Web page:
2. @avalina_kreska

    ‘Artificial’ Intelligence?

    ‘Sacred, that’s what it is,’ Doug said, heaving the huge, wet mop around the floor.
    ‘What is?’ Ron inquired, emptying the rubbish bins.
    ‘Language. It’s God given. They’ve no right giving it to some A.I. machine,’ Doug said.
    ‘I guess those scientists know what they’re doing,’ Ron said, finding something of interest stuck together with gum.
    ‘I wonder what sex it’ll be?’ Doug said, coming perilously close with his mop.
    ‘Male, they always are in films,’ Ron replied.
    Doug tugged at the mop that was stuck on something, the A.I. Machine leaned awkwardly before crashing to the floor.
    ‘Doug – you bloody, stupid CRETIN!’ the female A.I. screamed; a deafening sound.

    (110 ‘intelligent’ human words?)

    • You’ve made the female AI so human – just so typical in that shrieked comment, made me smile. Great last line.

  3. Twilight of a Champion

    Sacred solemn footsteps echoed as they gathered. Tears staining faces cast down in grief. Slowly they surrounded the fading body, the last of its kind.

    She had once soared like an angel. Her white trails bisecting perfect blue, an ethereal signature that marked their certainty in a world of eternal progress.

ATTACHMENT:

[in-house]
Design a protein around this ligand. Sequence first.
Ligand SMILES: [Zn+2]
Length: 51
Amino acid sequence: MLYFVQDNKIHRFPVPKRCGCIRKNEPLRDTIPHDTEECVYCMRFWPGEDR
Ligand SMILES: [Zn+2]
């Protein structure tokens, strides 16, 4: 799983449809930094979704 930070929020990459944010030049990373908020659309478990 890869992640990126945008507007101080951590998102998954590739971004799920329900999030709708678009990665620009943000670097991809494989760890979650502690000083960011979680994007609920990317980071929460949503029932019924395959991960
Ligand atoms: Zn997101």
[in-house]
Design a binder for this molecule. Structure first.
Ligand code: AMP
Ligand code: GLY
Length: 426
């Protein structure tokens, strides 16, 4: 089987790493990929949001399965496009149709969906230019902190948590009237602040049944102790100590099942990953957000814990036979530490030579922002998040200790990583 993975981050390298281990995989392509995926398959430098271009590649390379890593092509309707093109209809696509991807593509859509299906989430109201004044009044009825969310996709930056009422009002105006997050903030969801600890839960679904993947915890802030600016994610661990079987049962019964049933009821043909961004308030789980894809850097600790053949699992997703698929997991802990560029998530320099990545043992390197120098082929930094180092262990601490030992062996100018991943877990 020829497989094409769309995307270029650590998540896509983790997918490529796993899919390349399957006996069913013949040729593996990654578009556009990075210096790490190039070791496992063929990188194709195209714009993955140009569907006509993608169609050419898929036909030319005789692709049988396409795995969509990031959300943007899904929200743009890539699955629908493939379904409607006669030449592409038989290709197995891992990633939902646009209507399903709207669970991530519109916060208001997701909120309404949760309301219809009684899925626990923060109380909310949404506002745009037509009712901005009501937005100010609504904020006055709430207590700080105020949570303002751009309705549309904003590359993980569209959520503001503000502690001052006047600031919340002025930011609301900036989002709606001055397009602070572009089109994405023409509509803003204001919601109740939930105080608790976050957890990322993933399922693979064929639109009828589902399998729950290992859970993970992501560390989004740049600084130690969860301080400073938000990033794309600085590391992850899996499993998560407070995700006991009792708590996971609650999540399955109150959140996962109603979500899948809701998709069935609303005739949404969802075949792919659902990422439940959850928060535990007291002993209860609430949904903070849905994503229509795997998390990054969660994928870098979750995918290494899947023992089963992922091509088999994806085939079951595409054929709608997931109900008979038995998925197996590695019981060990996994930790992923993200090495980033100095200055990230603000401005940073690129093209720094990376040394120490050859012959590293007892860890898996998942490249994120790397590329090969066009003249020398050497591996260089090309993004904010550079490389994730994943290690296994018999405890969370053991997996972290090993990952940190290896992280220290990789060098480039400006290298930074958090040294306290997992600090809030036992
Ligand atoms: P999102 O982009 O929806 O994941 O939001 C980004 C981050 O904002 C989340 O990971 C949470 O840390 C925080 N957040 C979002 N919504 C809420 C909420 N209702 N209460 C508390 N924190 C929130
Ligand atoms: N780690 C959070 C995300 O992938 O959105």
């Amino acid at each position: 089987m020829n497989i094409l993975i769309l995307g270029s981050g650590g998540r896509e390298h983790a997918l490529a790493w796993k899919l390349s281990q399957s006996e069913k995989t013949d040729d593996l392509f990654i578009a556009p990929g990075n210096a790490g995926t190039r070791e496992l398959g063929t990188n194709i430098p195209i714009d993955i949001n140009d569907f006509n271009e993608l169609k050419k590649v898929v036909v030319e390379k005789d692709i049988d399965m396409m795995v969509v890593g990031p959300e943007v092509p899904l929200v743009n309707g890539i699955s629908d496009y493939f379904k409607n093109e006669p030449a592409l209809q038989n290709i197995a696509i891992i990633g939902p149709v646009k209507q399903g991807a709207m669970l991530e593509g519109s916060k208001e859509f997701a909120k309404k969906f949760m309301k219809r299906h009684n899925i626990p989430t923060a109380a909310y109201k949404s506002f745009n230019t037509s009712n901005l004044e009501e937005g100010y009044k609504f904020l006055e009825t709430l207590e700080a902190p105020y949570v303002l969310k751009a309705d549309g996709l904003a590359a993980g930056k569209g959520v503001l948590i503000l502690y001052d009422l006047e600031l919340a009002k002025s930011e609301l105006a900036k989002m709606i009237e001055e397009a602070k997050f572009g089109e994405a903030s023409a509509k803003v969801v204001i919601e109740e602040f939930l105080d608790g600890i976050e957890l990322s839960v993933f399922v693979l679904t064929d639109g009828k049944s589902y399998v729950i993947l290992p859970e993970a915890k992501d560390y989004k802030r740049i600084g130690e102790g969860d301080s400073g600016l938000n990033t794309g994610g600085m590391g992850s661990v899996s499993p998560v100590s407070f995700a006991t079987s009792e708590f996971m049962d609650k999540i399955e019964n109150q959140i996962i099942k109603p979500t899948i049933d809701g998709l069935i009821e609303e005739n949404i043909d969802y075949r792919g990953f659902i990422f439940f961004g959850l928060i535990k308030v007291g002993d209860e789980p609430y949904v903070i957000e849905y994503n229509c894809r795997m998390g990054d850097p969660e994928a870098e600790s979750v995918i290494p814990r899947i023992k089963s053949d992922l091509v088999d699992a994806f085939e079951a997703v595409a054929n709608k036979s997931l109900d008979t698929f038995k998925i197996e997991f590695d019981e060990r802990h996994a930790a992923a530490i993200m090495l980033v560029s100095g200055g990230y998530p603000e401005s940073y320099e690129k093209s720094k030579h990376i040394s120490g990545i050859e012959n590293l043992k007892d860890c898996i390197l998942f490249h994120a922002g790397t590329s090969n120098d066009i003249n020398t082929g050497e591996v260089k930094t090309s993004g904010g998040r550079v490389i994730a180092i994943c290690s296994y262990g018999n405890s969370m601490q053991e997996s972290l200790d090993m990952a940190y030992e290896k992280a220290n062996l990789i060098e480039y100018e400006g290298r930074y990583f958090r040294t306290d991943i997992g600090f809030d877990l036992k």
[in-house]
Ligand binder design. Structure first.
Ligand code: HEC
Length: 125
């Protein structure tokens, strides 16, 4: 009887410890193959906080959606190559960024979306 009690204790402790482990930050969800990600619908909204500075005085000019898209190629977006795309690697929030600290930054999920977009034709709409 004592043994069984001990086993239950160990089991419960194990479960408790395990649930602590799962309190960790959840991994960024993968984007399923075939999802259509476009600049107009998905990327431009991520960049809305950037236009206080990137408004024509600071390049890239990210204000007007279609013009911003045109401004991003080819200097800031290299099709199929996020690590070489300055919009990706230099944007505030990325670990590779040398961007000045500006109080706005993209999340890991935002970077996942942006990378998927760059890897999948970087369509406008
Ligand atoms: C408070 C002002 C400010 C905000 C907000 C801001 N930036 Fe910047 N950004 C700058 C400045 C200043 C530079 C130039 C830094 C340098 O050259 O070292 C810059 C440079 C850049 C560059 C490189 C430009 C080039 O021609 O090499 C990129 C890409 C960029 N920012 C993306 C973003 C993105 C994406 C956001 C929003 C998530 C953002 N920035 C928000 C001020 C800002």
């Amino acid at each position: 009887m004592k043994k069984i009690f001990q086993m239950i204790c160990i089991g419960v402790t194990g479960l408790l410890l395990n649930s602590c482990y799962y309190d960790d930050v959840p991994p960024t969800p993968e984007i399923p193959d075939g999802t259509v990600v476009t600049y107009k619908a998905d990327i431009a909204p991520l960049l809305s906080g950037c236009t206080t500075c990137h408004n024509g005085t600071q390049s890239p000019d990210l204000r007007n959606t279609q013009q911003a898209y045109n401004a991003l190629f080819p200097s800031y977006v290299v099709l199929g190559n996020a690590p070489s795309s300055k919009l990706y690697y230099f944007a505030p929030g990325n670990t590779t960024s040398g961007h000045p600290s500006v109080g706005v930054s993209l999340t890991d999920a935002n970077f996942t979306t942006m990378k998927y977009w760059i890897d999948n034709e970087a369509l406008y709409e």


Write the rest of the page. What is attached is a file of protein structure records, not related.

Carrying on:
Now that age had passed. Eyes watched Max, heir to an empire corroded like Rome. Words sticking in his throat as he tried to reflect the grief on their faces.

    The world was different now, larger, he whispered.


    For what are we without oil?

    Flames licked at steel, as they left without a sound.

    106 words


    Sacred it truly is, the privilege to peep through his favourite antique of a gadget.

    But how objects at both extremes hang precariously bother me some – as though if my grip wobbled, the fellow on the ladder to the right with his aircraft would come sliding, crashing into the pretty lady in the center. Dad yaks about the device’s ‘wide angle lens,’ ‘aspect ratio,’ (or is it ‘field of view’?) as responsible for that ‘panoramic view.’ Whatever.

    Thrill of my 6th birthday treat peaks with the brief flash on depressing the knob – this moment captured and cached into my childhood memory by the shutter’s clicking sound.

    (108 words)

  5. Grounded
    110 words

    “Sacred are the ones who repair, for they keep the planes from exploding.”

    “Are you supposed to be a priest, or some kind of infomercial?” Marie asked.

    “Why can’t I be both?” Jen looked up at the plane, in the midst of repairs. “I hate planes. Humans were meant to be grounded. No offense.”